Mobile communication has only improved up to now, but 5G is something different. It would be hard to miss the headlines about the advent of 5G, from claims about how fast it is, to concerns that one company’s dominance may pose a national security risk. There’s certainly some truth to this but, like most things, there’s a bit more to it than that.
Even if technology is not your preferred subject there are some considerations for everyone before simply accepting the coming changes. Doing so might avoid a repeat of privacy issues that now challenge us, after handing over all our data to the likes of Facebook and Google, in return for supposedly free services.
First the good news. 5G is going to offer much faster transfer speeds and almost no delay (latency) in opening web pages. At its full potential, videos will play at high resolution with no buffering, and voice and video calls will appear smooth and crystal clear. With more than half the planet now connected to the Internet, 5G also will better handle the volume of connections.
And it’s not just humans that will be connecting, machines will too. This is the internet of things, where sensors, appliances, vehicles and cameras could outnumber humans who use the net. However there’s also the potential for a downside, but more on that later.
Mobile communications go back to the invention of radio, but the form we typically understand as mobile communication is private, person-to-person calling. Motorola made the first call in the early 70s, which might surprise you given how much time passed before it became commonplace. Besides its big and power-hungry phones, the network was expensive and time-consuming to build. This made mobile phones off-limits to everyone but the richest executives, and then it was more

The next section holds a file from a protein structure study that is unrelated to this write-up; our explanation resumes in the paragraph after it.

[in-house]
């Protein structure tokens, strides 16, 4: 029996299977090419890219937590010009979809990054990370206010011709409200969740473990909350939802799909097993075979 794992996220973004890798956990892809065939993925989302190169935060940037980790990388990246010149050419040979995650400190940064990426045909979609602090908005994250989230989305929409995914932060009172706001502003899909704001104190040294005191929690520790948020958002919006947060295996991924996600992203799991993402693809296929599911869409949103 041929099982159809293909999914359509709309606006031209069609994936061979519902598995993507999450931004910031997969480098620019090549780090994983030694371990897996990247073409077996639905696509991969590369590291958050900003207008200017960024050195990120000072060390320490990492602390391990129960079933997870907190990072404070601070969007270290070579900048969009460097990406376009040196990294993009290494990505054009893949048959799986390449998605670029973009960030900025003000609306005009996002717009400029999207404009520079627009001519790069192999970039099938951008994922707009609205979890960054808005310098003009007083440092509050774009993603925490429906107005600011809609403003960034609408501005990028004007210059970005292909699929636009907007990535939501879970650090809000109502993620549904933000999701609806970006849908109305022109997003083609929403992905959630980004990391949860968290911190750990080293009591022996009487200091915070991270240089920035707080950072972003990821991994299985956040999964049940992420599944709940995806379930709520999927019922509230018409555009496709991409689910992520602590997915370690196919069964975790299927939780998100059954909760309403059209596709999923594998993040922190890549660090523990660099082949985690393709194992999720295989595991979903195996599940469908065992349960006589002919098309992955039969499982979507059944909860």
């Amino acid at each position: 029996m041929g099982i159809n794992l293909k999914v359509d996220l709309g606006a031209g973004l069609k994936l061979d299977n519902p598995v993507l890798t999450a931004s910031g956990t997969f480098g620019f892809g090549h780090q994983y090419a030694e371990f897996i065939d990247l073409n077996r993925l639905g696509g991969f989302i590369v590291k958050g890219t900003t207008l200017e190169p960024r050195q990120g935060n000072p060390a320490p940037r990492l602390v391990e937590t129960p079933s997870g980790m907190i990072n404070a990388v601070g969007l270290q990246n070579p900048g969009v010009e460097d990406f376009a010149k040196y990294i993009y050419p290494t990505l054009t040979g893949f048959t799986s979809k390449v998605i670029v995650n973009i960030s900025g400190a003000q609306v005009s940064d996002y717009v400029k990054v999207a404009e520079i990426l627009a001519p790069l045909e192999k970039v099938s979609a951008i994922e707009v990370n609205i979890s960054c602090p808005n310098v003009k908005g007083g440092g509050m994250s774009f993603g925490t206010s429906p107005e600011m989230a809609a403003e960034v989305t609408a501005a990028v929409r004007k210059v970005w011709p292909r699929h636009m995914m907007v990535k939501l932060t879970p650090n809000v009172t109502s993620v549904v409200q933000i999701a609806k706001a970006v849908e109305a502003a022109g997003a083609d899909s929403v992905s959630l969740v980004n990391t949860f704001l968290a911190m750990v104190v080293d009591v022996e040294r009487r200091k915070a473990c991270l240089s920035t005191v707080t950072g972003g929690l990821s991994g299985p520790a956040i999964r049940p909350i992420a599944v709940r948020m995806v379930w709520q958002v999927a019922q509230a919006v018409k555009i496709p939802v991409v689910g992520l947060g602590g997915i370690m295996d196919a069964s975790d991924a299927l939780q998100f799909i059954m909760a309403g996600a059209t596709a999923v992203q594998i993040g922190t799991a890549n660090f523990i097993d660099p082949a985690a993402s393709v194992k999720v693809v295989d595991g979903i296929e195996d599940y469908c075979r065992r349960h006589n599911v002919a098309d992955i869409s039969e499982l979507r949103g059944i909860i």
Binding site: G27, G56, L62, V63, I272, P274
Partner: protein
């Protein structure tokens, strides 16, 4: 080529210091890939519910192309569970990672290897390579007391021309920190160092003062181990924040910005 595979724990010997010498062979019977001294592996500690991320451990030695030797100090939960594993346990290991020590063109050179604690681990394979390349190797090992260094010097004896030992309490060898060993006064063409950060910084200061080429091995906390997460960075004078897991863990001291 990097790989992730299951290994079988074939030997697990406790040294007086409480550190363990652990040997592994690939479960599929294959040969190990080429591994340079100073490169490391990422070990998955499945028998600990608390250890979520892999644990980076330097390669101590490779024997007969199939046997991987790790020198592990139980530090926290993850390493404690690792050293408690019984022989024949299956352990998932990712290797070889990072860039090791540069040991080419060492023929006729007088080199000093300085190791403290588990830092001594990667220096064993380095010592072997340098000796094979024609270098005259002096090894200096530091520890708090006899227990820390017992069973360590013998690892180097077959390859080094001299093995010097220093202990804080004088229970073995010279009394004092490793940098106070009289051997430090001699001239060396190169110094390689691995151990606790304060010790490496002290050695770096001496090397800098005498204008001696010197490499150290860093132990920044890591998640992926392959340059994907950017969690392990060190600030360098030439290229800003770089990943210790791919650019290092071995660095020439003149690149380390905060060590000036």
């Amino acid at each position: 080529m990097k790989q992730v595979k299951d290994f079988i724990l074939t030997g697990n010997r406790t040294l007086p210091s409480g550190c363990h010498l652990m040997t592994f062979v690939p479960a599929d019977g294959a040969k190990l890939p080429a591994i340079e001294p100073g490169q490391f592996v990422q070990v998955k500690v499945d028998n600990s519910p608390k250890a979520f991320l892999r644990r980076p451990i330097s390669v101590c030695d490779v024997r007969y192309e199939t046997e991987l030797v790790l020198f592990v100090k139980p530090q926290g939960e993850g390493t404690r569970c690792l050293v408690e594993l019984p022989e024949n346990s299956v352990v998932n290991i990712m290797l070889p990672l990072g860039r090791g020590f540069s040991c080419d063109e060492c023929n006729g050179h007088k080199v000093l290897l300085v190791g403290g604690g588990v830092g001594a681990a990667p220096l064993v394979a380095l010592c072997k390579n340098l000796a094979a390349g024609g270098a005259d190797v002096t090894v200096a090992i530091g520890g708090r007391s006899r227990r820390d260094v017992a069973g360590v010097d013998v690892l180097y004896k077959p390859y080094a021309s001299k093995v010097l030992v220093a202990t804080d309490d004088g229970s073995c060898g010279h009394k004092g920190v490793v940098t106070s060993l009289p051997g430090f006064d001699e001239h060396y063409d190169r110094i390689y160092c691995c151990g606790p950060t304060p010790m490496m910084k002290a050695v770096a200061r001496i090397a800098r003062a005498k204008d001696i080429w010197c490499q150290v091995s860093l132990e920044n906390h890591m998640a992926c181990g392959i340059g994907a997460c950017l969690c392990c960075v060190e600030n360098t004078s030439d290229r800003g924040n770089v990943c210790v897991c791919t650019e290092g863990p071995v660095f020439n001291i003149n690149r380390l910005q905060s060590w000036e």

a status symbol than a communication tool.
South Africa issued the first licences to Vodacom and MTN in 1994. By then, mobile phones had improved and the cost to build the network had reduced, but it was still only available in the major cities, and over time along the major highways and larger towns.
The ‘G’ in mobile tech refers to the generation and is a large and complex set of standards that phone makers, network operators and hardware manufacturers agree on to allow the hundreds of brands and systems to work on the new networks.
When South Africans first connected it was 2G, with calls and SMS functions the extent of its services. Sms volumes between people probably peaked on New Year’s Eve 1999. Thanks, in part, to how much the Japanese loved their phones, the mobile web became popular in the early 2000s.
For those that don’t remember, it was basically a smarter SMS service, but it was slow and text-based. If you did load a regular website it wouldn’t just take forever, it would be expensive. This was 2.5G, which still has hundreds of thousands of devices using it to process card transactions. Those card payment devices are basically old, mobile phones. 3G offered greater data speed and, thanks to the launch of the smartphone in 2007, demand grew rapidly. This demand signalled the beginning of the end for the old mobile network.